Thomas Bradbury recd 19
    Children of John 1 and Ann (Bayly) Bayly, all bp. in Broham:
      i Rebecca 2 Bayly bp. 22 March 1611/12; bur. Brohman, 23 May 1612
      ii John Bayly, bp. 19 Dec. 1613, d. Newburym Nass, before 2 March     1680/1, when his estate was inventoried 20. He m. ca. 1840     ELEANOR 2 Emery, daughter of John 1 Emery of Newbury 21
      iii Rebecca Bayly bp. 10 March 1615/6; bur. Bromham, 12 April 1635
      iv Robert Bayly bp. 22 March 1617/8; mentioned in the hill of his       father as living in England in 1651
      v Anne Bayly bp. 17 Sept. 1620
      vi Joan Bayly bp. 14 July 1622; m. ca. 1642 William Huntington of     Salisbury22
      vii Elizabeth Bayly bp. 19 Dec. 1624
      viii Margaret Bayly bp. 3 Dec. 1626
      ix Frances Bayly bp. 2 Nov. 1628
      x Mary Bayly bp. 5 Dec. 1630 bur. Bromham 18 March 16136/7,       "daughter of Anne Bayly"
    Clues to the Parents
    of John and Ann (Bayly) Bayly

    Bayly was a common name in the parish of Bromham and surrounding area. Several different John Baylys were living concurrently in Bromham with the ancestral John Bayly. Two John Baylys appear in Chittoe Manor court rolls - John Bayly Sr. and John Bayly Jr. The ancestral John Bayly lived in Chittoe and was called "the younger" on the burial of his daughter Rebeca in 1612 and the christening of his son John in 1613.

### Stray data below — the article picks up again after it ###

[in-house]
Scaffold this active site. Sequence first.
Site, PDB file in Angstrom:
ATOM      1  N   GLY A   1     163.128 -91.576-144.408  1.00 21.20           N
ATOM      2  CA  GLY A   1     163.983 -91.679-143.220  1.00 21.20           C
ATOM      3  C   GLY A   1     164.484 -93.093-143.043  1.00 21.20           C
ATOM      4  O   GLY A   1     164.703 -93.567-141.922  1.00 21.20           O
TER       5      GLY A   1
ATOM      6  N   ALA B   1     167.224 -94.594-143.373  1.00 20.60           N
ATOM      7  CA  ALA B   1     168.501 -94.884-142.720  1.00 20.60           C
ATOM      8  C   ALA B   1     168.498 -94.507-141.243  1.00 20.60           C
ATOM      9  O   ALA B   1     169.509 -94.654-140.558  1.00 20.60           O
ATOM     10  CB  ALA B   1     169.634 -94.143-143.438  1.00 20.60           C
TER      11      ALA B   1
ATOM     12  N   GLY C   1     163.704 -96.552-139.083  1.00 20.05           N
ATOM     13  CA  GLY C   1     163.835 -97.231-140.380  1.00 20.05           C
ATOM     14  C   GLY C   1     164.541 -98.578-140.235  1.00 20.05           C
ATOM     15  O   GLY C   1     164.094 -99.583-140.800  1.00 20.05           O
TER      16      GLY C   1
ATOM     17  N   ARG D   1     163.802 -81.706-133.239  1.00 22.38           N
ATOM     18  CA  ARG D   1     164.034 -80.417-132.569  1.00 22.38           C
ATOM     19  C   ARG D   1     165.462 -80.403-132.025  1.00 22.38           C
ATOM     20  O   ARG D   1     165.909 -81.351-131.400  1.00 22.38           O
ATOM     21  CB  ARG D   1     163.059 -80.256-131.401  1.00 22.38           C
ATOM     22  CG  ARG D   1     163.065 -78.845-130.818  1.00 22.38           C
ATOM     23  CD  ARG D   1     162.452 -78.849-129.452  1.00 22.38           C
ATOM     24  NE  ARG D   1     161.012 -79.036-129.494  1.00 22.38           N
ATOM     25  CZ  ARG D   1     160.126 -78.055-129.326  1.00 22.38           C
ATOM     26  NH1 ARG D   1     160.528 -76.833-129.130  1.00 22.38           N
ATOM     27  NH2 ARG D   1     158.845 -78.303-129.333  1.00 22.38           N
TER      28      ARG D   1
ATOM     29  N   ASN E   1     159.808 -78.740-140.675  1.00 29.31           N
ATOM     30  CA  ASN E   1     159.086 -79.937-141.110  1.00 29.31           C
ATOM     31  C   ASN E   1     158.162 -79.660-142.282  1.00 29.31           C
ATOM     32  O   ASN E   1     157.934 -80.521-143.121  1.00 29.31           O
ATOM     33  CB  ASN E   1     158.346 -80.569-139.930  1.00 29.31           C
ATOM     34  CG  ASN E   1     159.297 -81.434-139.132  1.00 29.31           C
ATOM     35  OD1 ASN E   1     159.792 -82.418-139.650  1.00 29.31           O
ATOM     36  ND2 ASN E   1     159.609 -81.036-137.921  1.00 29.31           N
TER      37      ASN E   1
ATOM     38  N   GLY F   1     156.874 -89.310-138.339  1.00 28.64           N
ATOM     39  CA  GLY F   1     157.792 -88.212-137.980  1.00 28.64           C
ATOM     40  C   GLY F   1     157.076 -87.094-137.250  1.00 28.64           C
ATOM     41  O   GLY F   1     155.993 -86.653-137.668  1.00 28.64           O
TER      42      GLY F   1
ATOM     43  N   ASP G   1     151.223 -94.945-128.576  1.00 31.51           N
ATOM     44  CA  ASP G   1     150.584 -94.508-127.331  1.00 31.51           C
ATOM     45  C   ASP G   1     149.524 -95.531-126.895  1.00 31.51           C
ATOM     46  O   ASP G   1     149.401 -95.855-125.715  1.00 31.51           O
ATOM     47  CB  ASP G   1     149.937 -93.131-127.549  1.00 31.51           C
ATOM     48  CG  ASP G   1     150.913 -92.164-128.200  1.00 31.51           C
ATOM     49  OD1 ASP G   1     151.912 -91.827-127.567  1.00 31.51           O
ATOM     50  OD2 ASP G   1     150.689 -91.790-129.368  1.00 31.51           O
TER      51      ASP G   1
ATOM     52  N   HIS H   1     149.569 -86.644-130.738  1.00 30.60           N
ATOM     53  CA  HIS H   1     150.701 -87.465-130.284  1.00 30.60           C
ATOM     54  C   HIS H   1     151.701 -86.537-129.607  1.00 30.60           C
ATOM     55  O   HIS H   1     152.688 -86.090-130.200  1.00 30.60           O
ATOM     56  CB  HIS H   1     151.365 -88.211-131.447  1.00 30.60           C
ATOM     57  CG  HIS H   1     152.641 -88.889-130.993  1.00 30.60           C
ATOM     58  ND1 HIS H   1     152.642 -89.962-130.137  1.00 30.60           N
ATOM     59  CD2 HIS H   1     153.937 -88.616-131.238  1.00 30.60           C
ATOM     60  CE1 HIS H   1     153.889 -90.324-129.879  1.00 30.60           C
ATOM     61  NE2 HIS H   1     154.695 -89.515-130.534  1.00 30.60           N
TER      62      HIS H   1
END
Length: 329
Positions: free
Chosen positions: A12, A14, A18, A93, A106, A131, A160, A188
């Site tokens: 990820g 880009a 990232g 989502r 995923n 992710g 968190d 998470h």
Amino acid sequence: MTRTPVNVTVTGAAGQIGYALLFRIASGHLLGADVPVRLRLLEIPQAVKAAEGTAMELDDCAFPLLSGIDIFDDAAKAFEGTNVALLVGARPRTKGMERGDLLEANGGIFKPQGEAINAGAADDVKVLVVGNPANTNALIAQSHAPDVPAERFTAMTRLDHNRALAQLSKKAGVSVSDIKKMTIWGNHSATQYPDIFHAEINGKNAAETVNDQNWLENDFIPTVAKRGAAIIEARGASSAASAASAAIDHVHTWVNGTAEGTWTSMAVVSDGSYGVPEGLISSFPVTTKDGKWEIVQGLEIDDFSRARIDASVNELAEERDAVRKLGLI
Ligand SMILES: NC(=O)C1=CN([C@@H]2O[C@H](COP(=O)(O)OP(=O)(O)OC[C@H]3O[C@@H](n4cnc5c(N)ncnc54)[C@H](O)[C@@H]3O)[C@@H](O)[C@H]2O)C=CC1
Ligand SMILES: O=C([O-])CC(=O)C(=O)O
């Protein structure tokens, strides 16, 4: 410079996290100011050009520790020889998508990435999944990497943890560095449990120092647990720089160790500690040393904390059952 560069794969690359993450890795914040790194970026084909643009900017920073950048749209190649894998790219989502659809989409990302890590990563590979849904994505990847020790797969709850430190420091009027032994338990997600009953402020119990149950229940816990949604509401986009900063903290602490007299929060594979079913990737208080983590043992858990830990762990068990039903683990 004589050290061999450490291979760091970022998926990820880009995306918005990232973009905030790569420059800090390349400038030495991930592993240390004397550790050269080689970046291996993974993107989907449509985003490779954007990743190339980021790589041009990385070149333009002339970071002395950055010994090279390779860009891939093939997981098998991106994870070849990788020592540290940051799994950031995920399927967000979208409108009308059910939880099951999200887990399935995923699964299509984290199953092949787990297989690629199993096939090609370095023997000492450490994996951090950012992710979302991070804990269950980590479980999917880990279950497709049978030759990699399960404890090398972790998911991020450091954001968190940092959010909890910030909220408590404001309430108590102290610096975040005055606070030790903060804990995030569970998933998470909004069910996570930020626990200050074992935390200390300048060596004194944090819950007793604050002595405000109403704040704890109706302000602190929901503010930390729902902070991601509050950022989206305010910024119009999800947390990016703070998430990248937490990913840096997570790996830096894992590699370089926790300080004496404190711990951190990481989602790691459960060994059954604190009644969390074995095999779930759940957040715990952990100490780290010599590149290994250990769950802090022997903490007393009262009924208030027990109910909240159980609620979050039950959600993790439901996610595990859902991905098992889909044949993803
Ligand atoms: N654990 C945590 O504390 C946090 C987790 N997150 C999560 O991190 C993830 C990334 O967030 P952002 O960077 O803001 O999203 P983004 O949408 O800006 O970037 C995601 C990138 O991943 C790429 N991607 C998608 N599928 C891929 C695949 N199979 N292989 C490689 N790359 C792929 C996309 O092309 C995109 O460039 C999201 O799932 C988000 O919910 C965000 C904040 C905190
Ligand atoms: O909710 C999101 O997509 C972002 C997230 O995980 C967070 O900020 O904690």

Bromham parish registers confirmthat a John Bayly of Chittoe was buried on 23 December 1623. The manorial court roll of 30 April 1624 shows that John Bayly deceased was a tenant for life of a messuage and tenement called Reynoldes in Chittoe. A heriot of a cow worth 40s was due and John's widow ELinor was admitted to Reynoldes during her widowhood. The roll of 1 October 1631 shows that Elinor Bayly and John Bayly surrendered the cottage called Reynoldes in Chittoe23. John was clearly the heir of John Bayly Sr., the prior holder of Reynoldes, and a son or stepson of the widow Elinor Bayly.

    Further research confirms that Elinor was the second wife of John Bayly Sr. John first married DOrothy Ward at Bromham on 6 May 1670. She was buried there on 30 November 1617, as the "wife of John Bayly the eldest of Chittow"> John married second to Elleanor Taylor in the parish of Bishops Cannings on 30 November 161824. Bishop Cannings borders Bromahm on the east.